Chinese Mandarin, kickboxing, power walking and water polo will be offered at all district high schools starting next school year.
"This is an Asian language that will prepare our students for a global economy," said Denise Hibbard, principal of the soon-to-be opened Dougherty Valley High School in San Ramon, about offering Mandarin.
"It's exciting," said district spokesman Terry Koehne.
Chinese Mandarin, levels one, two and three, will be open to students in grades nine through 12. Kickboxing, power walking and water polo will be open to students in grades 10-12.
Prior to this approval, there was no high school Chinese language course offered in the district. Parents in the San Ramon Valley requested instructors to add Mandarin to their language course offerings.
Koehne said Hibbard pushed for a Mandarin course because of the local population's changing demographics.
"It fills a need," he said.
University of California (UC) and California State University (CSU) both require foreign languages for admission; both university systems require two years of language study, however, UC recommends three years.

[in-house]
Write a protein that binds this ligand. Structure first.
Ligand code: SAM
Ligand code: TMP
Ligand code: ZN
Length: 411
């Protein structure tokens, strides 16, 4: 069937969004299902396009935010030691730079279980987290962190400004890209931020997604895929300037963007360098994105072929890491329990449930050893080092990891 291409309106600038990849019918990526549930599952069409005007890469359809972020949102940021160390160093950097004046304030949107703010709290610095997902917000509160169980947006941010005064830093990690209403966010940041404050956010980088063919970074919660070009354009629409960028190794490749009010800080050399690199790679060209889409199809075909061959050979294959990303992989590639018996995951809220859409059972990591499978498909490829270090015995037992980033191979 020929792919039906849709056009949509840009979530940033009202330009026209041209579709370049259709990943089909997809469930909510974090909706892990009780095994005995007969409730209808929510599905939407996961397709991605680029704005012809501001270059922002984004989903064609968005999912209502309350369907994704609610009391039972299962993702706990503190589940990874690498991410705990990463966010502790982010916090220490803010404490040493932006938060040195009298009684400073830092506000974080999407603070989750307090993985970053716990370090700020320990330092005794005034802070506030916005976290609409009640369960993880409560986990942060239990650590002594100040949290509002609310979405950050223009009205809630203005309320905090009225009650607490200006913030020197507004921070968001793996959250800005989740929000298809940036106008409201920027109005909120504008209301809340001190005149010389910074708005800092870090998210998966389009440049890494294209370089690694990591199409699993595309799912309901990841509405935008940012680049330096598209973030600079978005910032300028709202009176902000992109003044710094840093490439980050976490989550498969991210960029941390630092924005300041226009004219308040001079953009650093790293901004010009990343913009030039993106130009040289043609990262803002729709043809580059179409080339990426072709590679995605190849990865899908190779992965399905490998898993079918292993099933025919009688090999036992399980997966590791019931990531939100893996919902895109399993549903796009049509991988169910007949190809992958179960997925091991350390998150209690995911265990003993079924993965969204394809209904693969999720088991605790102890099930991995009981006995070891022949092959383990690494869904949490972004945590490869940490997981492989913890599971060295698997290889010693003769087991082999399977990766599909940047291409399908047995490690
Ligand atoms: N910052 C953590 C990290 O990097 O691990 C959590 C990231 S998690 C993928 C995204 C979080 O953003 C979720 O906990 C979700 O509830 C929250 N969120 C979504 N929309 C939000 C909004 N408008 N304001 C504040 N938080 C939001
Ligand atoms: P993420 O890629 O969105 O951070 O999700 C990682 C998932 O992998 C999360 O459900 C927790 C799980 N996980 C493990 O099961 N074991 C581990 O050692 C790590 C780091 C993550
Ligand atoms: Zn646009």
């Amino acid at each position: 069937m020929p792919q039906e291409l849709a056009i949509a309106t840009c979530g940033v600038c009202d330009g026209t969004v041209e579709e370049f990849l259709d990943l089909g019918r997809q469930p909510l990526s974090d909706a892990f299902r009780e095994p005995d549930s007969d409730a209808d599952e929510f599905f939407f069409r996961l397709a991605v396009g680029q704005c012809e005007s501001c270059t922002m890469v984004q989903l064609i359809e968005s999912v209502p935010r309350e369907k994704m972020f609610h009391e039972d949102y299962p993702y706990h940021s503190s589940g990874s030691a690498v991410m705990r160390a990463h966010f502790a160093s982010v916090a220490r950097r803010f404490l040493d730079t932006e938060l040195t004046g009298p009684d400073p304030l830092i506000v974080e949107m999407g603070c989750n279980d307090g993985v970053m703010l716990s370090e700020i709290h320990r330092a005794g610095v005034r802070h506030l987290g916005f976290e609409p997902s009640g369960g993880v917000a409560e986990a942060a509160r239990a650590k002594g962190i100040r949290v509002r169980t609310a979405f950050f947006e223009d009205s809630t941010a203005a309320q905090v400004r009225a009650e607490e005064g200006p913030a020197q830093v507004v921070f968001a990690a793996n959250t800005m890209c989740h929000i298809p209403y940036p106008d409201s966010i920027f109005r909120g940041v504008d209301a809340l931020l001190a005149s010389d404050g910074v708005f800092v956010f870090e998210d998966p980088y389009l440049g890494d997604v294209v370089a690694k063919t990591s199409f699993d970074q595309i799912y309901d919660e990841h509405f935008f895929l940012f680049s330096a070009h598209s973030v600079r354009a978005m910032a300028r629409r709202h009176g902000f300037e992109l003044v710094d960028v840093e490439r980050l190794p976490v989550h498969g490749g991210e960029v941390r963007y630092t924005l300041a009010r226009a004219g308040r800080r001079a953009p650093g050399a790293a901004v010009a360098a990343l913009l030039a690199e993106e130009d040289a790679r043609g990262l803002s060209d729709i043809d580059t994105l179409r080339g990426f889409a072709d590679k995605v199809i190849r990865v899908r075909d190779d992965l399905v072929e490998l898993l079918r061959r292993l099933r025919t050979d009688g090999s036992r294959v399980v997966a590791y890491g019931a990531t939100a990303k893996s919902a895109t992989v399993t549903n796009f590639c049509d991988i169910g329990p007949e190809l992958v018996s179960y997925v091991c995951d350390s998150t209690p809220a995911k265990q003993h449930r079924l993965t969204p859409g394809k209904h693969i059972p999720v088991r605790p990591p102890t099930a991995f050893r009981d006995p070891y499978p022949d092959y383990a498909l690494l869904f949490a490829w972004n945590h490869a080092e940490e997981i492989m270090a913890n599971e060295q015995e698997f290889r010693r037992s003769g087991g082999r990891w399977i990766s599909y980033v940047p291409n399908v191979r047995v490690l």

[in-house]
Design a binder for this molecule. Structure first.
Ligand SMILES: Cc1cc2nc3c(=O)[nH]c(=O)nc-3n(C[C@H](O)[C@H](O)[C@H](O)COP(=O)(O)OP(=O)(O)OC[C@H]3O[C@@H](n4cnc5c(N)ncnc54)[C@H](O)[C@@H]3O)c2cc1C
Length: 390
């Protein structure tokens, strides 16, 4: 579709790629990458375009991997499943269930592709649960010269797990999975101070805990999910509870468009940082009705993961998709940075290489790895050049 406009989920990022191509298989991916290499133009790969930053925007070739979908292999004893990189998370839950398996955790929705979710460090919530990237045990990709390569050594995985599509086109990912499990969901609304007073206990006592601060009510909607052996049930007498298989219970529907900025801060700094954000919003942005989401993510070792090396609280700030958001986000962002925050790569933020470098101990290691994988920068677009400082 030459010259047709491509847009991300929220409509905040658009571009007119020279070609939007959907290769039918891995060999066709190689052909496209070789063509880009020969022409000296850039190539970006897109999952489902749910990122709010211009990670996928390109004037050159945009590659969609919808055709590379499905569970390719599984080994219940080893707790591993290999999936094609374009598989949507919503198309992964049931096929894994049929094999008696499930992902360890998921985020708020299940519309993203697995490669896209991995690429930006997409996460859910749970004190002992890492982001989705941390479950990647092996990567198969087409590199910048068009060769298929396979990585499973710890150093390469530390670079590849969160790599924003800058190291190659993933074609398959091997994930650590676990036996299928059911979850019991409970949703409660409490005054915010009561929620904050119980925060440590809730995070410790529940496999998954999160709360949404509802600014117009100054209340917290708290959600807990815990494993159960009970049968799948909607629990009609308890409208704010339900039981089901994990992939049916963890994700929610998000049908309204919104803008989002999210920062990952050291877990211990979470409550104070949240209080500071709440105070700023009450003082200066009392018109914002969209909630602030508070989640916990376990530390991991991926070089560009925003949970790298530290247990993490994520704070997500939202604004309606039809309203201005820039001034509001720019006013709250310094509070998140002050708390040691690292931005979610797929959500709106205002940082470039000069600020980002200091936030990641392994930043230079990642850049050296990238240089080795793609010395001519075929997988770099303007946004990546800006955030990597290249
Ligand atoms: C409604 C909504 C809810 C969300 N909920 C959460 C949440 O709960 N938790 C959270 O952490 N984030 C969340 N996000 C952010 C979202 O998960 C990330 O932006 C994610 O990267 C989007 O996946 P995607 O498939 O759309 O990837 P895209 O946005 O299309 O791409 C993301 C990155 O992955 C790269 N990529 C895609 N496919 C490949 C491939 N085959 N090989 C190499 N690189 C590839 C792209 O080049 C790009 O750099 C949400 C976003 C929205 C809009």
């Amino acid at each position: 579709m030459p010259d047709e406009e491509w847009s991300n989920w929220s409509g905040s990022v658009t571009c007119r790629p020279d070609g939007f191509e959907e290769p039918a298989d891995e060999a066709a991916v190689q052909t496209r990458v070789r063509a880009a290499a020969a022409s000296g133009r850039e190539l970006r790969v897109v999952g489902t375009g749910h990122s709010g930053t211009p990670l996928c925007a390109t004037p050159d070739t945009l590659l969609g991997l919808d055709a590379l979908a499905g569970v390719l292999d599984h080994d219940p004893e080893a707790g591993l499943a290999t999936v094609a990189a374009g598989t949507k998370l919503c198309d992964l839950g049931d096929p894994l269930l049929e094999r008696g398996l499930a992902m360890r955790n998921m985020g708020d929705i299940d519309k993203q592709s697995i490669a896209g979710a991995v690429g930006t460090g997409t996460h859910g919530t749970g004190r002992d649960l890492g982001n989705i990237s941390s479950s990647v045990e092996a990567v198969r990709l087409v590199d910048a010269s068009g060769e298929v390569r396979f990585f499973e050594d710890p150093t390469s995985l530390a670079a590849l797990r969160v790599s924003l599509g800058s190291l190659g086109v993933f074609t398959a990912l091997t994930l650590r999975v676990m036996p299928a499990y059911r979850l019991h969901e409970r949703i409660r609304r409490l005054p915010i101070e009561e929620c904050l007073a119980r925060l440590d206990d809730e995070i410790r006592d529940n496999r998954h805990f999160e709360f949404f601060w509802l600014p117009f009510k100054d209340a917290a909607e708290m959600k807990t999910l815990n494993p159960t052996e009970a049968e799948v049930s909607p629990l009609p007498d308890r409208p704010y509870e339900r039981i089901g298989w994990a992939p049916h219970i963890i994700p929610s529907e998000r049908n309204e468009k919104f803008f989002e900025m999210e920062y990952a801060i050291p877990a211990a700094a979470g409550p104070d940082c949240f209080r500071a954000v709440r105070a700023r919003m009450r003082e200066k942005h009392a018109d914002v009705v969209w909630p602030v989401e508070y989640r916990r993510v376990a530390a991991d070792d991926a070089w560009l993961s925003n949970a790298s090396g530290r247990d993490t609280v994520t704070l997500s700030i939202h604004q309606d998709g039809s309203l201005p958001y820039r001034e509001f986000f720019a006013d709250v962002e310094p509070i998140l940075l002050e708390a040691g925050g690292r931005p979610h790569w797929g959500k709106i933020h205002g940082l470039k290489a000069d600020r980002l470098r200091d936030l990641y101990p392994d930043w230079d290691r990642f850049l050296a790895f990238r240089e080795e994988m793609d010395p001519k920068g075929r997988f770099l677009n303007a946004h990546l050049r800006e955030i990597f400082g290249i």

Currently, Spanish, German, French, Japanese and Sign Language are offered at the high schools, Hibbard said. The Mandarin curriculum will be open to all students.
Approximately 80 students will move from Spanish and French to Chinese, wrote school administrators in course proposals.
Plans call for one instructor at each high school to teach Chinese, plus textbooks, language laboratory software and workbooks.
Kickboxing was proposed by Monte Vista High School staff. Students will receive physical education or an elective credit for taking this class, which is a total body workout that combines martial arts, dance and boxing.
Course objectives include the following: being able to safely engage in kickboxing and self defense movements; understanding the importance of when, why and how to use these techniques; and preventing violence before it happens. School staff estimated 40-50 students would enroll in kickboxing.
Power walking is designed to help students gain increased cardiovascular endurance and leaner, stronger and healthier bodies. It also increases flexibility. Approximately 40 to 50 students are expected to take power walking.
Waterpolo students will receive physical education or an elective credit. They will learn motor skills, movement patterns, tactics and increased physical activity.
Contact Jordan M. Doronila at jdoronila@DanvilleWeekly.com